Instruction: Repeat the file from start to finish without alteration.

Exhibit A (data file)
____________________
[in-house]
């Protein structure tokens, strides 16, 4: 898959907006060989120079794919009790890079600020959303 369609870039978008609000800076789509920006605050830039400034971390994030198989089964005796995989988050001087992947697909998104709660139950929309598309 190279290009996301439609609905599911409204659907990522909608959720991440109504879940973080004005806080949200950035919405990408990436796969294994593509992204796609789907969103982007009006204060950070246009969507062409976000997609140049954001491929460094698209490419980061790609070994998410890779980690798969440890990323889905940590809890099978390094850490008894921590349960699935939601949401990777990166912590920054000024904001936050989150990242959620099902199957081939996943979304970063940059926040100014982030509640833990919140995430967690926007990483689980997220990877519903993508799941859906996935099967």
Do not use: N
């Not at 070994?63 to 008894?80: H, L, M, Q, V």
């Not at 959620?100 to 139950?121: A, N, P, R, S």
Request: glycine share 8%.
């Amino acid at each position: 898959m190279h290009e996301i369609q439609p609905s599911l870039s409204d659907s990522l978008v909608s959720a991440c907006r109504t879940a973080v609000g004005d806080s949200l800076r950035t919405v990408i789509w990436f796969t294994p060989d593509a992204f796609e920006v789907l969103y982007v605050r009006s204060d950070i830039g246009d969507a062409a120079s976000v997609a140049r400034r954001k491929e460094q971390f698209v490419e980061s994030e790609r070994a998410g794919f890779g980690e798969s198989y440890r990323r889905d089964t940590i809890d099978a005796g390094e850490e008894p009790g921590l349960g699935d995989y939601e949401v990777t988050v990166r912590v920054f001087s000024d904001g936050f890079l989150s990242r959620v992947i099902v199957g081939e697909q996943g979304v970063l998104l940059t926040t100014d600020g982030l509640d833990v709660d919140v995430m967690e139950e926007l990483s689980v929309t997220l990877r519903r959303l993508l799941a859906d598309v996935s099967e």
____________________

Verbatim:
[in-house]
């Protein structure tokens, strides 16, 4: 898959907006060989120079794919009790890079600020959303 369609870039978008609000800076789509920006605050830039400034971390994030198989089964005796995989988050001087992947697909998104709660139950929309598309 190279290009996301439609609905599911409204659907990522909608959720991440109504879940973080004005806080949200950035919405990408990436796969294994593509992204796609789907969103982007009006204060950070246009969507062409976000997609140049954001491929460094698209490419980061790609070994998410890779980690798969440890990323889905940590809890099978390094850490008894921590349960699935939601949401990777990166912590920054000024904001936050989150990242959620099902199957081939996943979304970063940059926040100014982030509640833990919140995430967690926007990483689980997220990877519903993508799941859906996935099967």
Do not use: N
């Not at 070994?63 to 008894?80: H, L, M, Q, V």
């Not at 959620?100 to 139950?121: A, N, P, R, S």
Request: glycine share 8%.
């Amino acid at each position: 898959m190279h290009e996301i369609q439609p609905s599911l870039s409204d659907s990522l978008v909608s959720a991440c907006r109504t879940a973080v609000g004005d806080s949200l800076r950035t919405v990408i789509w990436f796969t294994p060989d593509a992204f796609e920006v789907l969103y982007v605050r009006s204060d950070i830039g246009d969507a062409a120079s976000v997609a140049r400034r954001k491929e460094q971390f698209v490419e980061s994030e790609r070994a998410g794919f890779g980690e798969s198989y440890r990323r889905d089964t940590i809890d099978a005796g390094e850490e008894p009790g921590l349960g699935d995989y939601e949401v990777t988050v990166r912590v920054f001087s000024d904001g936050f890079l989150s990242r959620v992947i099902v199957g081939e697909q996943g979304v970063l998104l940059t926040t100014d600020g982030l509640d833990v709660d919140v995430m967690e139950e926007l990483s689980v929309t997220l990877r519903r959303l993508l799941a859906d598309v996935s099967e």